It would be extraordinary if such a thoroughgoing process did not have a range of significant health implications. Two of the oldest, most well-established relationships between economic activity, or trade, and population health are recognized to be mediated through the epidemiological implications of, firstly, regular social interaction between populations previously not exposed to each other’s disease ecology, and, secondly, the increasingly dense permanent settlement of populations, which occurs in the form of towns occupying nodal or strategic points in trading networks. Both of these relationships have always been understood to be negative, in terms of the health of the populations exposed 2– 4 . It has always been realized that the lure and the material benefits of economic exchange between peoples possessing different resources and producing different commodities carry enhanced risks of the accompanying exchange of potentially fatal diseases. The historical records of the early modern city-states of Italy, for instance, demonstrate their governments’ attentions to a range of public health issues to do with the sanitary problems of packed, urban living and the periodic threats of imported epidemics 5 . The gradual expansion of international and intercontinental trade, including of course in persons themselves, throughout the subsequent centuries was characterized by a sequence of extraordinarily lethal epidemics of infectious disease, most tragic of all for the indigenous populations of the Americas. Thus one of France’s most eminent historians has famously written of the era of rising world trade from the 14th century to the 17th as the era of ‘l’unification microbienne du monde’ 6 .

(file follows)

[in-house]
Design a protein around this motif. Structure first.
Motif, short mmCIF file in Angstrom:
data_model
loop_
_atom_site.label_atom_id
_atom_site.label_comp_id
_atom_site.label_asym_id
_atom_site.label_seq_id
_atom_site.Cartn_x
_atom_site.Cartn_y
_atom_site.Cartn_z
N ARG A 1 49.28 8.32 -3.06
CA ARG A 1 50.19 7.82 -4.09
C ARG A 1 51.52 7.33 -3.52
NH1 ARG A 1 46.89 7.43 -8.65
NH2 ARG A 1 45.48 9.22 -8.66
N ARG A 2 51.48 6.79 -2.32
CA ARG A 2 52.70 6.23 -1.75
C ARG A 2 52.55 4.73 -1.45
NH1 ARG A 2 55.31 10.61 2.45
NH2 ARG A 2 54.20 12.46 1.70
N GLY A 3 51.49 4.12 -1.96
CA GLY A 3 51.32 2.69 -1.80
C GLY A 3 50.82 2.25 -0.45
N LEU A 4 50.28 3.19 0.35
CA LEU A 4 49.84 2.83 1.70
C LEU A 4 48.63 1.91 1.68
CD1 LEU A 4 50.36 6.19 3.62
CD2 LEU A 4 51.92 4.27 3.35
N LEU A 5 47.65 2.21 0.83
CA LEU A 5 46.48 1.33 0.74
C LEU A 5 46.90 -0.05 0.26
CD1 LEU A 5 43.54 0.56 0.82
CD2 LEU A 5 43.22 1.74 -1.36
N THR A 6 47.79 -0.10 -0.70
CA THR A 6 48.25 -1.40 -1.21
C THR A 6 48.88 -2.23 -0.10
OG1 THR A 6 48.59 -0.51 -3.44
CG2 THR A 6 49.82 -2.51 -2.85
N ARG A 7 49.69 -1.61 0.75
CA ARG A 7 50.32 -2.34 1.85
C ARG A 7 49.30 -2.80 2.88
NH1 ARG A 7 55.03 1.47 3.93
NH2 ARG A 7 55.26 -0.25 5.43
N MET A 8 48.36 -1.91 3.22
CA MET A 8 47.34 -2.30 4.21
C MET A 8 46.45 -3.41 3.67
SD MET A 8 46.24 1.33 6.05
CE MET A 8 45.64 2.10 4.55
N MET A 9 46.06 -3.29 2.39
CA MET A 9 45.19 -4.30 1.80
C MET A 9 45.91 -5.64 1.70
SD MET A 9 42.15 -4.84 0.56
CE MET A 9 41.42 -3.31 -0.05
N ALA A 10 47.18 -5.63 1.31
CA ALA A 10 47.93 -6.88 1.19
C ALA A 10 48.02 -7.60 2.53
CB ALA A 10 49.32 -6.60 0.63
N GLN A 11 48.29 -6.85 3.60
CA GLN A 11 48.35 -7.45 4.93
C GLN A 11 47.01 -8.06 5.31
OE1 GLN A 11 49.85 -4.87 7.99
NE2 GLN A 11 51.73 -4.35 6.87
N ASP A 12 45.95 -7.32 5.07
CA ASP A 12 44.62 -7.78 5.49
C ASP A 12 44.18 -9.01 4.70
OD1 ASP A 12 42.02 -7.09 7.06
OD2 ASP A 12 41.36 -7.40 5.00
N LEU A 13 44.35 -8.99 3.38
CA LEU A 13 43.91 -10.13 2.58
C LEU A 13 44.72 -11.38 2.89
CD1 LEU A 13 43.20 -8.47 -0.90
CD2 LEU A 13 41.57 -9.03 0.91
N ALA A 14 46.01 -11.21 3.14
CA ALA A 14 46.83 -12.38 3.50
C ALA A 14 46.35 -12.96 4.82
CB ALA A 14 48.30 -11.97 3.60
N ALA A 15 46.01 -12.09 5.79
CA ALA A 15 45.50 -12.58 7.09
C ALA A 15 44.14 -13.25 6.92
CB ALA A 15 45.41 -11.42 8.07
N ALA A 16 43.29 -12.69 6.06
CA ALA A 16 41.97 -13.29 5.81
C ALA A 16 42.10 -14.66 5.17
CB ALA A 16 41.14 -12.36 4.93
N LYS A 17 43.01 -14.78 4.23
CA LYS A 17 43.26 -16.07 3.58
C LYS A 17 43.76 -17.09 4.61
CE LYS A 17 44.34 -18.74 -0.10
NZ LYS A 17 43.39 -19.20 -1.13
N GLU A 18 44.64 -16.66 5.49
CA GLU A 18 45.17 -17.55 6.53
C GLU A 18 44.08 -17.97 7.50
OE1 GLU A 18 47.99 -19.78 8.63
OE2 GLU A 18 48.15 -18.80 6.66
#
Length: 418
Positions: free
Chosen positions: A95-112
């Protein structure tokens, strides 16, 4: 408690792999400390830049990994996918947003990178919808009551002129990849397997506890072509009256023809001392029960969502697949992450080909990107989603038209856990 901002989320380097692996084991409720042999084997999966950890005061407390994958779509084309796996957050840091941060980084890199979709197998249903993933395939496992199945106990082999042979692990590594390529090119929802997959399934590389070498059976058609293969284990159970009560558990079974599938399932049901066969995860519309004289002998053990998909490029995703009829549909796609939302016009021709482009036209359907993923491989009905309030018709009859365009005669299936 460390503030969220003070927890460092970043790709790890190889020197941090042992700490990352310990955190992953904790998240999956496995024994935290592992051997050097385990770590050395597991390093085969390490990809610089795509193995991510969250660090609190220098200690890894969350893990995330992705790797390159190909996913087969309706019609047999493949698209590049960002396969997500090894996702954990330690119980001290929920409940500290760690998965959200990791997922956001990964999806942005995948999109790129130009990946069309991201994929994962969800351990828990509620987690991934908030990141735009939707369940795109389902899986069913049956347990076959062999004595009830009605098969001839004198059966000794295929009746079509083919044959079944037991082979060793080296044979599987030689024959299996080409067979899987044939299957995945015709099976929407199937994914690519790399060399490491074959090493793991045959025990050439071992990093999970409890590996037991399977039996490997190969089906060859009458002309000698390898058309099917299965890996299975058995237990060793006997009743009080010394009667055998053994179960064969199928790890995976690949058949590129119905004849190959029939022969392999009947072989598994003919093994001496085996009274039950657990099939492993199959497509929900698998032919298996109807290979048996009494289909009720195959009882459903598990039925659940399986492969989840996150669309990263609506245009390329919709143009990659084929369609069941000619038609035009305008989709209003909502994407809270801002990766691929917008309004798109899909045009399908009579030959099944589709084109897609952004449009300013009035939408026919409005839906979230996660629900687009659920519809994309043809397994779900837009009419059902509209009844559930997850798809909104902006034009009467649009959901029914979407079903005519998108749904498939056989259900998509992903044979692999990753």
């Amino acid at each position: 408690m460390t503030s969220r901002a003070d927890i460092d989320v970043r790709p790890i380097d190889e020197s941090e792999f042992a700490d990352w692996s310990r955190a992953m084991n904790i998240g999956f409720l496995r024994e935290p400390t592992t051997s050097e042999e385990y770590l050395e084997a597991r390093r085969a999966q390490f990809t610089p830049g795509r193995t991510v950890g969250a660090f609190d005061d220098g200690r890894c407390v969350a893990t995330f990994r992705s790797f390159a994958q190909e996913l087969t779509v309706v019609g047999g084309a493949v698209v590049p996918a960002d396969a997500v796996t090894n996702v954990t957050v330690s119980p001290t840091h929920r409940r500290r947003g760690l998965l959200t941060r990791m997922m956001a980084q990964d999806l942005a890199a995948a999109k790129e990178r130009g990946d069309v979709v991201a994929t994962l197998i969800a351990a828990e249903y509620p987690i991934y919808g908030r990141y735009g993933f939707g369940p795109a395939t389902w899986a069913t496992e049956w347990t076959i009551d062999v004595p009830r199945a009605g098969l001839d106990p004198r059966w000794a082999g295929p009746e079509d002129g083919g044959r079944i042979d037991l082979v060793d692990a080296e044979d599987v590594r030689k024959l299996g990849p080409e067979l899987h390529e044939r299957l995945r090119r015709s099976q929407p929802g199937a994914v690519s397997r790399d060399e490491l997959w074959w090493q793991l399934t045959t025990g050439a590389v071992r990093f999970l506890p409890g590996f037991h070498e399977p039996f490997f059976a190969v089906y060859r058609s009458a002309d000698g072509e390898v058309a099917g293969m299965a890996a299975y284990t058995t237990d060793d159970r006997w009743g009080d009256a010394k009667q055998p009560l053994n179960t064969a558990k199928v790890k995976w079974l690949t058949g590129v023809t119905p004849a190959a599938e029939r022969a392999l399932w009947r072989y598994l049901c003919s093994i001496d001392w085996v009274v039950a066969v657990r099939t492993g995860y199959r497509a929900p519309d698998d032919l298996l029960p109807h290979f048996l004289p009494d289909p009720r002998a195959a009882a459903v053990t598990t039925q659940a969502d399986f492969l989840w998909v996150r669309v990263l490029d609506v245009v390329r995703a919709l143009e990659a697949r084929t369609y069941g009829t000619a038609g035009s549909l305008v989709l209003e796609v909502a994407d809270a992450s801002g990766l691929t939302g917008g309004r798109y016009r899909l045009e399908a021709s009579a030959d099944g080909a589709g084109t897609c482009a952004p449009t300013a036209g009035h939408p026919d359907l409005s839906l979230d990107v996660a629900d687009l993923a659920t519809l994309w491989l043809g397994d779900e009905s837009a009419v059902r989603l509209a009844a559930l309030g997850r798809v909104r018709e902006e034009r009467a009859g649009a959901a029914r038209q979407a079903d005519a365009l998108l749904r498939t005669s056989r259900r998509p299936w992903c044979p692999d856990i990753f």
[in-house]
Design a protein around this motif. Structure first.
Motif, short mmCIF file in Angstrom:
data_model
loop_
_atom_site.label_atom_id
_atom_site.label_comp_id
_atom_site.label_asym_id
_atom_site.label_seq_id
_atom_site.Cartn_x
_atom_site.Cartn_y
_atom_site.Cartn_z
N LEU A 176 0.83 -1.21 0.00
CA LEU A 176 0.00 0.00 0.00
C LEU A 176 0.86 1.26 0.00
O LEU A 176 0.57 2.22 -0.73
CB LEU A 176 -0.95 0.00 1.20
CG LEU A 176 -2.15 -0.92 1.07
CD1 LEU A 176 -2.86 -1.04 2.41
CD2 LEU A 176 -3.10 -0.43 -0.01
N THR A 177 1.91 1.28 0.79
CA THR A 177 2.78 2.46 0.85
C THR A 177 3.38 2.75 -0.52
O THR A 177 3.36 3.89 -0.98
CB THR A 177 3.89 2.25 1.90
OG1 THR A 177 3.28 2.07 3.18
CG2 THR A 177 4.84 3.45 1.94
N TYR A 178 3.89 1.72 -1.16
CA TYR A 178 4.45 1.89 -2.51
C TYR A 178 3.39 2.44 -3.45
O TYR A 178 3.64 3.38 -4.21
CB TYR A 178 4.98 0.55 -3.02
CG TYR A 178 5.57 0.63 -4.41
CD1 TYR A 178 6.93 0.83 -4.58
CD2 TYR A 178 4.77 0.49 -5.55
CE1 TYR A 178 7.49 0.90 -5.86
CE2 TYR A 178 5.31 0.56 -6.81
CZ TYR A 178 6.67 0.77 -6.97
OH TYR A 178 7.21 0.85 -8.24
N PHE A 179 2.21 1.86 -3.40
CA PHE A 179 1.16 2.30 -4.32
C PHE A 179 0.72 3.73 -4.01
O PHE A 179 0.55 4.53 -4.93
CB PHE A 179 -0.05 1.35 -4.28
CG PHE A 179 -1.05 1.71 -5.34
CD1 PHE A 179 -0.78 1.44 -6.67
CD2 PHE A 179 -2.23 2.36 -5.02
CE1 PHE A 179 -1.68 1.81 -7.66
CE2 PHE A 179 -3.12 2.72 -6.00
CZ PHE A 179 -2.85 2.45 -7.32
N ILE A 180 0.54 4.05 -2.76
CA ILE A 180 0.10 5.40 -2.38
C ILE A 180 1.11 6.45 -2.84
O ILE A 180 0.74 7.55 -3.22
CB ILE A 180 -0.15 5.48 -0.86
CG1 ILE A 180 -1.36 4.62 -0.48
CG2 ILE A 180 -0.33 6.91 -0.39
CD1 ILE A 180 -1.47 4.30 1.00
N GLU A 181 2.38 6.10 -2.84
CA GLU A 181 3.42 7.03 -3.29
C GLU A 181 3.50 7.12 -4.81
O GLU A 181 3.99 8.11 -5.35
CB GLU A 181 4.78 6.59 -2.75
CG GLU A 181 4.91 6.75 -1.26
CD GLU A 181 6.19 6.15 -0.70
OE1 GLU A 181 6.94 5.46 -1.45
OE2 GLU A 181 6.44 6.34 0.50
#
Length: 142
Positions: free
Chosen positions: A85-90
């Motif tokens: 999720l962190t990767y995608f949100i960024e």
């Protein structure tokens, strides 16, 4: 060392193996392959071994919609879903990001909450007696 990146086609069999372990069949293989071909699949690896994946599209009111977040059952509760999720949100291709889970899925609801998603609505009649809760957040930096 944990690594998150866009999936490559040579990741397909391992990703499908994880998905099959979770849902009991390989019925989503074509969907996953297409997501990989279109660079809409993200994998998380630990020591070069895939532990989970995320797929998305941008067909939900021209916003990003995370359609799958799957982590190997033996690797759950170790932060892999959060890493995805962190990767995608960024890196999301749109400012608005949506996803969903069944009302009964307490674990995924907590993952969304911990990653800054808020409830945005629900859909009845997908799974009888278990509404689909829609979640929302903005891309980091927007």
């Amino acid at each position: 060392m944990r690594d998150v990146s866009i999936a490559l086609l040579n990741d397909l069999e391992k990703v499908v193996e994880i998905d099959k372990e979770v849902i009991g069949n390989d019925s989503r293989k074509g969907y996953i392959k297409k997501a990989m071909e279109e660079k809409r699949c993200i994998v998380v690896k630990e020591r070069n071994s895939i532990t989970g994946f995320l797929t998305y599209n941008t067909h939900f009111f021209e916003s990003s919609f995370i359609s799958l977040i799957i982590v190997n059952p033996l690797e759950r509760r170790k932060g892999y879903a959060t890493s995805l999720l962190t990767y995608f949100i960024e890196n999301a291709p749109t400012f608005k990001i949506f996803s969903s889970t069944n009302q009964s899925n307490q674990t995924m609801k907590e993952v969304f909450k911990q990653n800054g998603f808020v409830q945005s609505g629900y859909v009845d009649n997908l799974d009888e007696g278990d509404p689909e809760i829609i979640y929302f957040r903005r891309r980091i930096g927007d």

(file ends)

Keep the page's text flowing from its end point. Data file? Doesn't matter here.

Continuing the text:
However, despite these well-understood, long-standing negative health risks associated with urbanization and with trade, by contrast the process of industrialization has in general been considered to have a much more positive relationship with human health. There is of course a very obvious intuitive reason for this. It is widely understood that industrialization was a necessary initiating historical process experienced by all today’s ‘successful’, high per capita income societies. These are generally among the populations with the highest life expectancy at birth in the world today. This has been made possible by the advanced medical technology, better food supply, and increased material living standards as a result of the continuous process of economic growth they have all experienced ever since industrialization. The apparently compelling logical inference is that industrialization has improved human welfare and health. This conclusion has been repeatedly supported during the course of the 20th century by a succession of research-based interpretations of the relationship between health and the kind of sustained economic growth made possible by industrialization 7– 13 . The study of British economic history has played a particularly crucial role in informing this generally positive evaluation, partly because it was the first nation-state ever to industrialize but also because of the exceptionally high quality and quantity of its historical medical, epidemiological and demographic as well as economic data. This is due principally to the fact that the British nation-state, as a record-creating and preserving entity, has maintained its integrity throughout many centuries, resulting in the survival of a relative abundance of evidence. 47